[Editor's Note: Welcome to the first edition of our MLB Trade Rumor Analysis series. We here at Beyond the Box Score love trade speculation as much as the next baseball fan, so we'll be writing up some of the players who might get dealt before the July 31 deadline. Of course, we'll add a healthy dose of objectivity and analysis to the proceedings. Hope you enjoy it!]
When the Philadelphia Phillies signed Jonathan Papelbon to a four-year, $50 million contract before the 2012 season, they probably thought they were adding a final piece to a championship puzzle. Now, about a season and a half into that deal, the team looks more like an also-ran than a viable contender. With the team's veterans playing far below the team's (some might say unreasonable) expectations, and a newly-competitive NL East, the Phillies are on the outside looking in when it comes to the playoffs this year, and probably next.
So, naturally, speculation has abounded about the status of Jonathan Papelbon. As elite closers are often seen as a luxury to non-contending teams, and a vital part of any playoff roster, it may be time for a different team to employ the 32-year-old stopper.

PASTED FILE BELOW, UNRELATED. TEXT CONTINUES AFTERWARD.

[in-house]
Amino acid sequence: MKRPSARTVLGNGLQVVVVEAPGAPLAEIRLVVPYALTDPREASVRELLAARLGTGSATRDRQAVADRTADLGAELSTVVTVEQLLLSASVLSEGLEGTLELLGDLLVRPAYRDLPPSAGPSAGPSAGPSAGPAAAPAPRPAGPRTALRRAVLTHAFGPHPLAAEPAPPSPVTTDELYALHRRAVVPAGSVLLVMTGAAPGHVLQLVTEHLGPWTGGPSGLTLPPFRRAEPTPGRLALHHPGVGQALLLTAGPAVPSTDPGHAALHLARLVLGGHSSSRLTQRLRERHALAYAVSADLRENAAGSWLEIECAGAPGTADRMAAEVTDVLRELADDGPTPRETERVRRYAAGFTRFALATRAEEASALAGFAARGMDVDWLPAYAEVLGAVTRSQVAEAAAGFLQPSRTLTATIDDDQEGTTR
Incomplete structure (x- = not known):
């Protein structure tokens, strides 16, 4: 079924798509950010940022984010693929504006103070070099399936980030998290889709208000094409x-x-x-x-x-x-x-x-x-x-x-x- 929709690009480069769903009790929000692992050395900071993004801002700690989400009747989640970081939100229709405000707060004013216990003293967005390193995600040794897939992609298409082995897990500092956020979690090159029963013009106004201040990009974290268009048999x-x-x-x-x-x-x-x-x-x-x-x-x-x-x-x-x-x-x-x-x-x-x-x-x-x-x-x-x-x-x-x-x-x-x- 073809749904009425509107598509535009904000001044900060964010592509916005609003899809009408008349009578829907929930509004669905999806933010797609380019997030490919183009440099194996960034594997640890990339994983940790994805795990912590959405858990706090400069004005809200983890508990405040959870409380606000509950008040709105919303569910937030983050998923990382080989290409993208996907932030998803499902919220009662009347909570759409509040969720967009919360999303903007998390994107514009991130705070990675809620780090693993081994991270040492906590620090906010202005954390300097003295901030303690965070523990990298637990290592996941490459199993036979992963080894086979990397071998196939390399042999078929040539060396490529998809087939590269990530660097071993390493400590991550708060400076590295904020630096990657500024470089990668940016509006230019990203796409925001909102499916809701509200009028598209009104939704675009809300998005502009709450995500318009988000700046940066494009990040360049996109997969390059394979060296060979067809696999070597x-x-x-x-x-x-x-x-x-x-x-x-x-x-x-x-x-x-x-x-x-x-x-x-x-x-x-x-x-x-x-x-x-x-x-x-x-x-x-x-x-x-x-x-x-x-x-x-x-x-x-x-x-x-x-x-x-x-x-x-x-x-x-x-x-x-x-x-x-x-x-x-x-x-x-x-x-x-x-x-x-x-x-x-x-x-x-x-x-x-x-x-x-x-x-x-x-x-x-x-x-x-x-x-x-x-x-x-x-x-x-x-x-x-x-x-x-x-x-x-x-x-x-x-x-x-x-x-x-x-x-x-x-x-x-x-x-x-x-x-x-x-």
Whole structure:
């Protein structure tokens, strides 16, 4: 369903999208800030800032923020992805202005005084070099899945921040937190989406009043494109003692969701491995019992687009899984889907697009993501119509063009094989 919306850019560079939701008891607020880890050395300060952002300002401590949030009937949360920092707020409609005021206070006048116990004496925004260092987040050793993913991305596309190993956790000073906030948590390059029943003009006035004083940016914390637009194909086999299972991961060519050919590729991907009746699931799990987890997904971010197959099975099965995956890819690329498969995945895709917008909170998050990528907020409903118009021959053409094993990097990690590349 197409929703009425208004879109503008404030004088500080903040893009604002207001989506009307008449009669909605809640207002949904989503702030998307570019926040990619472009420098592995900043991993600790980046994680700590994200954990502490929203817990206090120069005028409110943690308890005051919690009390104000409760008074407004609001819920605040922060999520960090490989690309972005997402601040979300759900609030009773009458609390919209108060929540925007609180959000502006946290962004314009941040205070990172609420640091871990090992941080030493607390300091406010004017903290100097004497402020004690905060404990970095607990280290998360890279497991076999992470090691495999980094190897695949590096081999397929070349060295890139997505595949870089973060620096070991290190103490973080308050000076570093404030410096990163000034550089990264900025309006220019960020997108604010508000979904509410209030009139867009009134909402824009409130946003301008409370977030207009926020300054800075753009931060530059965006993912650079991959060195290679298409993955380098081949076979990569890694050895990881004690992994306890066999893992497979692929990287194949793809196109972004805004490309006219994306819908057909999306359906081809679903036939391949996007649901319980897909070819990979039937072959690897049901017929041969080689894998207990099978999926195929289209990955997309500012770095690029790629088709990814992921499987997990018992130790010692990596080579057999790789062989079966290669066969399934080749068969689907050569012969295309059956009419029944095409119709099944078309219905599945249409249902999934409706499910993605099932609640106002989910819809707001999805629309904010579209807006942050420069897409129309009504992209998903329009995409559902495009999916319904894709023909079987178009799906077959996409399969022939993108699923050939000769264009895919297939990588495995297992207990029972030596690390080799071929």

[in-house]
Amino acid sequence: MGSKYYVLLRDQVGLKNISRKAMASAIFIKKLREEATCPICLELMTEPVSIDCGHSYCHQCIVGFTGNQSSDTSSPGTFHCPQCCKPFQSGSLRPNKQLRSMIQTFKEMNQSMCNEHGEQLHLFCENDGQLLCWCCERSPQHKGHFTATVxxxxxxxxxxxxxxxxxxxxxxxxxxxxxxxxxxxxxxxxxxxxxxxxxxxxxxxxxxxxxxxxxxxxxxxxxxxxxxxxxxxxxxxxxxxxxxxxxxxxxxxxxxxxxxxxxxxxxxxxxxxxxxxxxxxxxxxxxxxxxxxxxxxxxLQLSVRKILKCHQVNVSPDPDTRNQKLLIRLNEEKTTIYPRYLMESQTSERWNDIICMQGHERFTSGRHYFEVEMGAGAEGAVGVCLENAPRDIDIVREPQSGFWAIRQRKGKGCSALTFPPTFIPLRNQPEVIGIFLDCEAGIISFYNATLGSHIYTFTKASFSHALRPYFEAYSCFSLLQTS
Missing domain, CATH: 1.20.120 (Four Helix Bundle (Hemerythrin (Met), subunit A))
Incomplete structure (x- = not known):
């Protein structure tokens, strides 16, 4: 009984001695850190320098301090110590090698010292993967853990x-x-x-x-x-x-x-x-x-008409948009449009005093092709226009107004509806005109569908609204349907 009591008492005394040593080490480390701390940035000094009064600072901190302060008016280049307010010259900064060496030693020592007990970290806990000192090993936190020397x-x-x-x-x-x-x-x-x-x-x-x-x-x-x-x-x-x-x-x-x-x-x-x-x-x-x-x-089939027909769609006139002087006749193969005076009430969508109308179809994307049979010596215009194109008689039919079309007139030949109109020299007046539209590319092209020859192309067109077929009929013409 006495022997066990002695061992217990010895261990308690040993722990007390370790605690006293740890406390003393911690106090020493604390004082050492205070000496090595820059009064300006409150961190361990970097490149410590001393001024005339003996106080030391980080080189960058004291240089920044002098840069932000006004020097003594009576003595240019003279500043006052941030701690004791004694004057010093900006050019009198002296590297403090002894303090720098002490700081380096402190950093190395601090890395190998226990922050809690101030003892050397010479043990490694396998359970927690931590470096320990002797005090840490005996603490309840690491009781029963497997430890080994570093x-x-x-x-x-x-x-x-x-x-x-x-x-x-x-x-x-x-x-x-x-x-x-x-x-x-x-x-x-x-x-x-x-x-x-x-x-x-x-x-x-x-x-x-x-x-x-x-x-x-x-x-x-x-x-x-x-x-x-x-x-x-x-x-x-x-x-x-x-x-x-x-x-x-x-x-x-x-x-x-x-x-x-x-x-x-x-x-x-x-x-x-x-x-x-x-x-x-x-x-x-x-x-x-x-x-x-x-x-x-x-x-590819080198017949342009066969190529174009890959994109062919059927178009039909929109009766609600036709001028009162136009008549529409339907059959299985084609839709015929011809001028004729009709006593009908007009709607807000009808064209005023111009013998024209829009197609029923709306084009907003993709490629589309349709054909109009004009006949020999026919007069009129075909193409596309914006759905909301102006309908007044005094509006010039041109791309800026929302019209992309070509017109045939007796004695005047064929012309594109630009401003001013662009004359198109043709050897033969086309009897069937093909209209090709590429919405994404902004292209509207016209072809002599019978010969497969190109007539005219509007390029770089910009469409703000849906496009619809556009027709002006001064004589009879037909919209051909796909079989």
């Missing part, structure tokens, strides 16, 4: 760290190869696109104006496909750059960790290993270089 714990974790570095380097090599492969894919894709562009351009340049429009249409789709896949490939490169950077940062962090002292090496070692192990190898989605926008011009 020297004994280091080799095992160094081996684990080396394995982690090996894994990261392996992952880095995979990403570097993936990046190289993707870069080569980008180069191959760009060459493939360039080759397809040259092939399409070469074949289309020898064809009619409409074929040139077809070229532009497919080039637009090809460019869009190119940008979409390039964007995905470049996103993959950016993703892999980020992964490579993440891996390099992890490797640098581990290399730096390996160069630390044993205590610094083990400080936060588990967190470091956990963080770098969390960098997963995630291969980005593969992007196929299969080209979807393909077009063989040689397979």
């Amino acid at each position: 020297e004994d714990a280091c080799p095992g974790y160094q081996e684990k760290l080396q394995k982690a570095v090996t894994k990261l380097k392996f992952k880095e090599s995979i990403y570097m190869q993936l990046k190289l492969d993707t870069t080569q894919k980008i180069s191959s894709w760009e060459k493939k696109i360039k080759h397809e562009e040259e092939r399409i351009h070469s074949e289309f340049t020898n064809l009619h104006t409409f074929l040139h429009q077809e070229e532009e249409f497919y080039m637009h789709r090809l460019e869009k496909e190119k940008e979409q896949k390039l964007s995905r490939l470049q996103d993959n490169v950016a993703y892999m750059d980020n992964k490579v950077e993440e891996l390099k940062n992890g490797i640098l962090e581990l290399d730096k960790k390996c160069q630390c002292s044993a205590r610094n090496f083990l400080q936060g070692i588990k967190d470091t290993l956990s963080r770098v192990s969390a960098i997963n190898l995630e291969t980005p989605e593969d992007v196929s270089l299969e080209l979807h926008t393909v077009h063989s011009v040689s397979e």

Let's talk a little about what Papelbon does, and what we can expect from him moving forward. First, the contract: Papelbon is signed for $13 million this year, as well as that same amount in 2014 and 2015. He also has a vesting option for another $13 million in 2016 if he finishes 55 games in 2015, or 100 games in 2014 and 2015 combined. What that means, is that he's an expensive option for any team. Especially for a reliever.
So why does Jonathan Papelbon make so much money? Because he's (1) very good and (2) very consistent.* Since 2006, one could argue that the only other reliever even close to Pap's combination of consistency and skill is the inhuman Mariano Rivera. Nice company to be in.
(Note: The last few games notwithstanding.)
Papelbon's career regular-season numbers since 2006 are below, along with some of his best contemporaries:
If you look at these numbers, Papelbon was one of, if not the, most effective reliever of the past 7-8 years. His ability to strike guys out, limit HR and walks, and perform in the clutch was -- and in many ways, still is -- elite. He did all of this while performing in the hitter-friendly parks of Fenway and Citizen's Bank, no less. And he's got respectable postseason numbers as well. In 27 innings, he's only given up three runs. That's not Mariano, but it's also good enough for a 1.00 postseason ERA. Most playoff teams would sell a prospect for that kind of certainty.